Today, Jenna and Thomas are in the process of rebuilding the market vegetable and herb garden, while focusing on restoring health and vitality back into the compacted hayfield. Their goal is to expand into an heirloom flower farm to offer a CSA program to the community (with organic, unsprayed flowers), while providing food for their honeybees and the native bees. They also want to create access for community members to grow their own food and forage for wild foods. “Everything works together,” explains Jenna, “And we’re building on this already incredibly resilient ecosystem.”
If you’re enjoying a bag of potato chips in Western Canada, there’s a 1 in 5 chance the potatoes were grown by Harold Perry and his family at the Perry Family Farm, a fourth-generation operation located in Lethbridge County in southern Alberta.
Together, Harold and his brother, Chris, and his father, Gerald, work collaboratively as partners to manage 5000 acres of irrigated land producing potatoes—varieties of chippers, russets, and red Mozart potatoes—along with other field crops, including hard red spring wheat, winter wheat, barley, sunflowers, green peas, seed canola. The Perry family prioritizes environmental stewardship through their approach to soil management and a number of exciting renewable energy projects that they’re implementing on the farm.
Tracey Smith grew up near North Cooking Lake in Strathcona County and in Edmonton. During her undergrad degree in conservation biology at the University of Alberta, she became intrigued by questions of food security in the North. After graduating, Tracey moved to Fairbanks, Alaska to pursue a Master’s of Arts at the University of Fairbanks. Her research on the North compared the carbon footprint of raising backyard laying hens compared to that of importing eggs from the lower 48 states. Around the same time, Tracey began volunteering on a vegetable farm near the university. The farmer also kept a few hives for pollinating the vegetables. At the time, Tracey was living in a rustic cabin – no running water – and becoming disenchanted with academia. She wondered what kind of career to pursue.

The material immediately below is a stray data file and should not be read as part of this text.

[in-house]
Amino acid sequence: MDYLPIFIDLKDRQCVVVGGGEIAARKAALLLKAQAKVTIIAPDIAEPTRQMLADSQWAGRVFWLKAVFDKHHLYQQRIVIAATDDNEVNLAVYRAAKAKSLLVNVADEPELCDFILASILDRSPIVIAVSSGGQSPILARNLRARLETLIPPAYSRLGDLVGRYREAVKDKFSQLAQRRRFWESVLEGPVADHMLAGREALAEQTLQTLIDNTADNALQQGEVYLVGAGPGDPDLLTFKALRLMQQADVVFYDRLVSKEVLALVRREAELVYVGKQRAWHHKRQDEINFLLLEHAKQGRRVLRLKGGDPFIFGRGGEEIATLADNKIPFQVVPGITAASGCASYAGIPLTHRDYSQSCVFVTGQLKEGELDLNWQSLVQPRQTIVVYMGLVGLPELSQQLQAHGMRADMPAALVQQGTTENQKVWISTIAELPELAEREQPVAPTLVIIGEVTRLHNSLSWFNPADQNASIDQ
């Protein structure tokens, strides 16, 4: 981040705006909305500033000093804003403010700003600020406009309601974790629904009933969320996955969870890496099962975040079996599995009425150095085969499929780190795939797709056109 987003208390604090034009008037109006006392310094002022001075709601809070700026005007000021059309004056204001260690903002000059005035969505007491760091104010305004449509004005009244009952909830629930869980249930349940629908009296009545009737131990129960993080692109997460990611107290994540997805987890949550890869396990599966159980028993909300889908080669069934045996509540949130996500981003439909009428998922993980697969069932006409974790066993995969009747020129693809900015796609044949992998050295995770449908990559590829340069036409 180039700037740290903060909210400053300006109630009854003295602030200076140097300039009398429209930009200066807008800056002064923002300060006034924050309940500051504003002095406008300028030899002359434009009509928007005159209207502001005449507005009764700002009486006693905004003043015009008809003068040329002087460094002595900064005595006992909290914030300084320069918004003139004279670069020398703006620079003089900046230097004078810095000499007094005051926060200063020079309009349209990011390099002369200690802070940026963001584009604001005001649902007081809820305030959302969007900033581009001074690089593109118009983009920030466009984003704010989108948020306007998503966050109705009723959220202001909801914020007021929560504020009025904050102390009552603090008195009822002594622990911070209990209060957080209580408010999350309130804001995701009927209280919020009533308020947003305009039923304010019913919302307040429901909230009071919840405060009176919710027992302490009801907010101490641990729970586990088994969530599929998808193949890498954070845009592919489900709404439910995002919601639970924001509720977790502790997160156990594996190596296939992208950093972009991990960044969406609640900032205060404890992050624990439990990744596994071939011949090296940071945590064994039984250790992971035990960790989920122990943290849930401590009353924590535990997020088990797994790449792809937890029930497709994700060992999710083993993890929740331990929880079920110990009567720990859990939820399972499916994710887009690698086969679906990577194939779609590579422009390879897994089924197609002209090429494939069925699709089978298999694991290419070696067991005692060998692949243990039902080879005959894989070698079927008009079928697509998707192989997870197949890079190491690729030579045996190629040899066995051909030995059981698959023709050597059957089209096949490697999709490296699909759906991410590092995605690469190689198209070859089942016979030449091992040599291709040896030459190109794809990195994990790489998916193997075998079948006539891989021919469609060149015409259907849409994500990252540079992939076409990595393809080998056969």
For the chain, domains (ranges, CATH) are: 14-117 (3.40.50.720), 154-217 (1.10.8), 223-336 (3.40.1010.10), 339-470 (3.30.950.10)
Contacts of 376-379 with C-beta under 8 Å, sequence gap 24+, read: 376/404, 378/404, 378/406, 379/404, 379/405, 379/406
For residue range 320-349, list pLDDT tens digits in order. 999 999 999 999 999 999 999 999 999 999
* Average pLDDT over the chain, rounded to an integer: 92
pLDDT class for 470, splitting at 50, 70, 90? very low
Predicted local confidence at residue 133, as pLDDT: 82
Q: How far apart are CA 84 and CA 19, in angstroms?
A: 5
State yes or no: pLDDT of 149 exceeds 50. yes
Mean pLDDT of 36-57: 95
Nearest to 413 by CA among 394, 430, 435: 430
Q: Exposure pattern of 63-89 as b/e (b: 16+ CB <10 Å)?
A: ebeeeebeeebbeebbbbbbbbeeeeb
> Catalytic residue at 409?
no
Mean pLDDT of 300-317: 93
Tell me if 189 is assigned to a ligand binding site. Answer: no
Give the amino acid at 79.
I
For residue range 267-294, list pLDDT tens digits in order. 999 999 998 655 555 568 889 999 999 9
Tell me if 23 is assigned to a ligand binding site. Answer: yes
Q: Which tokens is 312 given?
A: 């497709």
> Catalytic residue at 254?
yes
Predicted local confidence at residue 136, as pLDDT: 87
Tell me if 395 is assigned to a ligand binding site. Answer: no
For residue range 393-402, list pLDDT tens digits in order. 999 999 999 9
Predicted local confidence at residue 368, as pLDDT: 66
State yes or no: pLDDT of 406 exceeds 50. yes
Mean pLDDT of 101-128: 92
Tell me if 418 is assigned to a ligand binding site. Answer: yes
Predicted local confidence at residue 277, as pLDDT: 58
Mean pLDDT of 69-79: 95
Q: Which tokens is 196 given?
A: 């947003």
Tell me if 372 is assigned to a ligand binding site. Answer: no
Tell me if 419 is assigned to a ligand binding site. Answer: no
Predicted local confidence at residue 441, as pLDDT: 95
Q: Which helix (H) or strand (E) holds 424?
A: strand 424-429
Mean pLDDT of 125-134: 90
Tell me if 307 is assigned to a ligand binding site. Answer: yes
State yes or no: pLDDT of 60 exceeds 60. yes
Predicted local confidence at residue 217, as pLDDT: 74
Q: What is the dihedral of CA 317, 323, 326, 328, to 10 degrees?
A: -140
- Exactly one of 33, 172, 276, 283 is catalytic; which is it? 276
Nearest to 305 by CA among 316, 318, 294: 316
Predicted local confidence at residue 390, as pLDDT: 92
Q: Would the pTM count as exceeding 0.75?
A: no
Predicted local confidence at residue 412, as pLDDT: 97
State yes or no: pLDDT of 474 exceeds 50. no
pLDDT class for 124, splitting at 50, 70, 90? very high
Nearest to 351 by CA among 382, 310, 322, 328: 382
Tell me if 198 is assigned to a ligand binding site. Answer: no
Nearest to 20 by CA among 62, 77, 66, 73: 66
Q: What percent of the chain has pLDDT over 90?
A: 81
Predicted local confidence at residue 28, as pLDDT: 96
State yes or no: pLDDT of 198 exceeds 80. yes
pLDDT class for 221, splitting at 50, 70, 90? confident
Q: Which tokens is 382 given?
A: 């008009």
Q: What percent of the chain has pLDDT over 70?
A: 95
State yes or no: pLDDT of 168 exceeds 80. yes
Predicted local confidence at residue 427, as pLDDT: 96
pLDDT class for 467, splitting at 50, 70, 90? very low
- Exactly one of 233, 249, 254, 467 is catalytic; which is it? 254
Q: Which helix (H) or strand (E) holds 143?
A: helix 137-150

Janice and her husband, Ty Shelton, have been running Sand Springs Ranch, a certified organic operation, with a philosophy for biodiversity for over 35 years. They raise grass-finished beef, pasture-raised pork, and grow organic vegetables, and both table and seed potatoes in northeastern Alberta. “We are a small family farm. We consider ourselves small compared to the big guys.”
Biodiversity and diversification are at the heart of what the Sheltons do at Sand Springs Ranch, from relying on the unique skillsets of every family member to feeding their cattle a blend of hay from a variety of fields – all with different soil biology and nutrients – to diversifying their products and marketing strategies, to cultivating lesser known varieties of potatoes.